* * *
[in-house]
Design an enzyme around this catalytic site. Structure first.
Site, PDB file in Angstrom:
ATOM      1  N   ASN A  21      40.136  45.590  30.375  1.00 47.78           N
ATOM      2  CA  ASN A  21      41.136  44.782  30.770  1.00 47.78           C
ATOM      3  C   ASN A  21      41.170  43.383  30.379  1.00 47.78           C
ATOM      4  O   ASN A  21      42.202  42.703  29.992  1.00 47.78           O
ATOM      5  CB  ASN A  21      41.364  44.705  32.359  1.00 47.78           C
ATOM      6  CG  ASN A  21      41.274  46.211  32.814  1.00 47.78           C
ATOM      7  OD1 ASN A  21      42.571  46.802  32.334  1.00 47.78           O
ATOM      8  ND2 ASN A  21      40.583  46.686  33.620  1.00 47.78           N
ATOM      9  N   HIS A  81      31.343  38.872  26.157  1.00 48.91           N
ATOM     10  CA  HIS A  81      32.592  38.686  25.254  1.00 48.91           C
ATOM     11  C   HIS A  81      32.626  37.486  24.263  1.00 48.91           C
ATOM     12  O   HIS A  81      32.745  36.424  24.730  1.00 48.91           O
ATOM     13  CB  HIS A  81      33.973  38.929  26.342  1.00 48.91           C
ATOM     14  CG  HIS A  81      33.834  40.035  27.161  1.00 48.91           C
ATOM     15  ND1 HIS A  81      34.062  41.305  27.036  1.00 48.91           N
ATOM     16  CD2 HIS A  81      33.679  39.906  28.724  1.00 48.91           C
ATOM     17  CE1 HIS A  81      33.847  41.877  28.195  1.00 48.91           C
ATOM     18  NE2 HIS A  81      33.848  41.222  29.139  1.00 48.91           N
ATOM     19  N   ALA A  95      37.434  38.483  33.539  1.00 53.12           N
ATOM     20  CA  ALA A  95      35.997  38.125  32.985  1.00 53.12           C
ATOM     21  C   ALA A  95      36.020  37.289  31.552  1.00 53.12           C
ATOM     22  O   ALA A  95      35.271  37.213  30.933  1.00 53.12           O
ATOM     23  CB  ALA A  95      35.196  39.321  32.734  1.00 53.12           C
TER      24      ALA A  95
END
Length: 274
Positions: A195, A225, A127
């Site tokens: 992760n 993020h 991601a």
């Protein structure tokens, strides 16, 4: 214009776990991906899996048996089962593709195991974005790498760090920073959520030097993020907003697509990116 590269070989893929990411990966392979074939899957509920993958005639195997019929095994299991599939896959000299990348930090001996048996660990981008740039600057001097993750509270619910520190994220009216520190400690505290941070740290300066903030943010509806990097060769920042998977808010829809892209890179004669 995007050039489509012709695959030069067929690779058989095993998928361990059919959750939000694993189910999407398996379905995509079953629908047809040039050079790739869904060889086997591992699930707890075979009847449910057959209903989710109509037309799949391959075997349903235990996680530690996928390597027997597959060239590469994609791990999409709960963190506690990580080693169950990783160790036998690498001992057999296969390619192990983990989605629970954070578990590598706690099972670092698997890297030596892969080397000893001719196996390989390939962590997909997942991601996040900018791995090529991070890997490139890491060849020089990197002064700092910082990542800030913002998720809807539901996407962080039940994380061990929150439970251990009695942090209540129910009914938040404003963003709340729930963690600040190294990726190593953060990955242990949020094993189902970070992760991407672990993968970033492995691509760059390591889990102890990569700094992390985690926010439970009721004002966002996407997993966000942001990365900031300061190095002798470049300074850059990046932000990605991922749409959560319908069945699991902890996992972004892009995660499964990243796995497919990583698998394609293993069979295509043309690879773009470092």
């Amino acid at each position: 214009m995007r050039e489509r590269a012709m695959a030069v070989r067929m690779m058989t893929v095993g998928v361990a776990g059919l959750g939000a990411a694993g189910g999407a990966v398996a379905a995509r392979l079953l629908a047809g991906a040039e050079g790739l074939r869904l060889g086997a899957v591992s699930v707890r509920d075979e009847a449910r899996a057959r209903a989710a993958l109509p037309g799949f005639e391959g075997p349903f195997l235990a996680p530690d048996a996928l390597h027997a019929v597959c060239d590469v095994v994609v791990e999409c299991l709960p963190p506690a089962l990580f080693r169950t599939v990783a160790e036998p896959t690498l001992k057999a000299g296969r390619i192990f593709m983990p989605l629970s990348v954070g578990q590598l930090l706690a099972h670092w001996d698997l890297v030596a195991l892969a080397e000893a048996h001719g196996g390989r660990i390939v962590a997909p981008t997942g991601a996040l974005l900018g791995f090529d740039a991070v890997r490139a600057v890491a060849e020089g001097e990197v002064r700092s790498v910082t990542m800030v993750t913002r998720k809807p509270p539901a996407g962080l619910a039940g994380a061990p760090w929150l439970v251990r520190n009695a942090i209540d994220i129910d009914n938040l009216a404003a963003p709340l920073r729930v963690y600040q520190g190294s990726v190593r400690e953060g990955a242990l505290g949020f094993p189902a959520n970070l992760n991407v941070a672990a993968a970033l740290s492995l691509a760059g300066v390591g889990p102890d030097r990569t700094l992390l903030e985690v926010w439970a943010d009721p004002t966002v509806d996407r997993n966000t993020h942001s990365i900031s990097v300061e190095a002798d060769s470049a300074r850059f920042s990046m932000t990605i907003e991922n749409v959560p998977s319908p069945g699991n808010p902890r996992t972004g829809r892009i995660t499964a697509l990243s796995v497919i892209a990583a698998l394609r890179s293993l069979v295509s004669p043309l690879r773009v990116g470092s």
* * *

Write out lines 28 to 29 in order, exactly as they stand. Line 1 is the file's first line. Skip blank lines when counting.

END
Length: 274